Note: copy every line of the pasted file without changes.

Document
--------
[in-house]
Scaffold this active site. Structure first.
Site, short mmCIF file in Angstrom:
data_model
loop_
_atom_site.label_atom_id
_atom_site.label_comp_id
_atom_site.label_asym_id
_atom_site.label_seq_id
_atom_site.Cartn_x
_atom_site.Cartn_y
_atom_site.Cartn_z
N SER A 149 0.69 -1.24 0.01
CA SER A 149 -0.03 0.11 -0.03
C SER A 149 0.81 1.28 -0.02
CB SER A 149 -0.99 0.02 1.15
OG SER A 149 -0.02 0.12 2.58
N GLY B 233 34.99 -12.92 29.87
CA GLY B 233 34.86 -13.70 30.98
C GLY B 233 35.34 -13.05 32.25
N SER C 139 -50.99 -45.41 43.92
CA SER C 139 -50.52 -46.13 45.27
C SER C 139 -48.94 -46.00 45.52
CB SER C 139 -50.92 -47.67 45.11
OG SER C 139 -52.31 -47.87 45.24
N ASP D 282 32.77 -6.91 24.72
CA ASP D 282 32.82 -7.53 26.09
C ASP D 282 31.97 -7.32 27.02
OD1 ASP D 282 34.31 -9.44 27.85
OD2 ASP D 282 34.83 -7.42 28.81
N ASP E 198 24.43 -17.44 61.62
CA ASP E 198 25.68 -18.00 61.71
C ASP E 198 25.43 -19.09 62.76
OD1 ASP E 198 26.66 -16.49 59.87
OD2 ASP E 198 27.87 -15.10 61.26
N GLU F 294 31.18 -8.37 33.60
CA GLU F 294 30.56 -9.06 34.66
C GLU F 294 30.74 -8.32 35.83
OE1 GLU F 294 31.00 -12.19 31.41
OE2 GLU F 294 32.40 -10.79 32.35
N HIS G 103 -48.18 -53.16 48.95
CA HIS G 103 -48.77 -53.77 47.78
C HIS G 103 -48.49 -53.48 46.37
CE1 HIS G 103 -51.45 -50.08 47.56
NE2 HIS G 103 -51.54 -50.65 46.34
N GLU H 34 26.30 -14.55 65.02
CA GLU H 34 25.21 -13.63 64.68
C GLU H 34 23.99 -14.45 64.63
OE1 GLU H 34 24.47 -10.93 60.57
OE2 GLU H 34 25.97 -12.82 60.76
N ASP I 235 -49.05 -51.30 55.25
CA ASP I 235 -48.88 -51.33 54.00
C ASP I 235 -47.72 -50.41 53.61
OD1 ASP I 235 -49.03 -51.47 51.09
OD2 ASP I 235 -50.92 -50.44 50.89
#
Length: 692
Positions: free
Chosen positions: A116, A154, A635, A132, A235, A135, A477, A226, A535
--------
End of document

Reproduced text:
[in-house]
Scaffold this active site. Structure first.
Site, short mmCIF file in Angstrom:
data_model
loop_
_atom_site.label_atom_id
_atom_site.label_comp_id
_atom_site.label_asym_id
_atom_site.label_seq_id
_atom_site.Cartn_x
_atom_site.Cartn_y
_atom_site.Cartn_z
N SER A 149 0.69 -1.24 0.01
CA SER A 149 -0.03 0.11 -0.03
C SER A 149 0.81 1.28 -0.02
CB SER A 149 -0.99 0.02 1.15
OG SER A 149 -0.02 0.12 2.58
N GLY B 233 34.99 -12.92 29.87
CA GLY B 233 34.86 -13.70 30.98
C GLY B 233 35.34 -13.05 32.25
N SER C 139 -50.99 -45.41 43.92
CA SER C 139 -50.52 -46.13 45.27
C SER C 139 -48.94 -46.00 45.52
CB SER C 139 -50.92 -47.67 45.11
OG SER C 139 -52.31 -47.87 45.24
N ASP D 282 32.77 -6.91 24.72
CA ASP D 282 32.82 -7.53 26.09
C ASP D 282 31.97 -7.32 27.02
OD1 ASP D 282 34.31 -9.44 27.85
OD2 ASP D 282 34.83 -7.42 28.81
N ASP E 198 24.43 -17.44 61.62
CA ASP E 198 25.68 -18.00 61.71
C ASP E 198 25.43 -19.09 62.76
OD1 ASP E 198 26.66 -16.49 59.87
OD2 ASP E 198 27.87 -15.10 61.26
N GLU F 294 31.18 -8.37 33.60
CA GLU F 294 30.56 -9.06 34.66
C GLU F 294 30.74 -8.32 35.83
OE1 GLU F 294 31.00 -12.19 31.41
OE2 GLU F 294 32.40 -10.79 32.35
N HIS G 103 -48.18 -53.16 48.95
CA HIS G 103 -48.77 -53.77 47.78
C HIS G 103 -48.49 -53.48 46.37
CE1 HIS G 103 -51.45 -50.08 47.56
NE2 HIS G 103 -51.54 -50.65 46.34
N GLU H 34 26.30 -14.55 65.02
CA GLU H 34 25.21 -13.63 64.68
C GLU H 34 23.99 -14.45 64.63
OE1 GLU H 34 24.47 -10.93 60.57
OE2 GLU H 34 25.97 -12.82 60.76
N ASP I 235 -49.05 -51.30 55.25
CA ASP I 235 -48.88 -51.33 54.00
C ASP I 235 -47.72 -50.41 53.61
OD1 ASP I 235 -49.03 -51.47 51.09
OD2 ASP I 235 -50.92 -50.44 50.89
#
Length: 692
Positions: free
Chosen positions: A116, A154, A635, A132, A235, A135, A477, A226, A535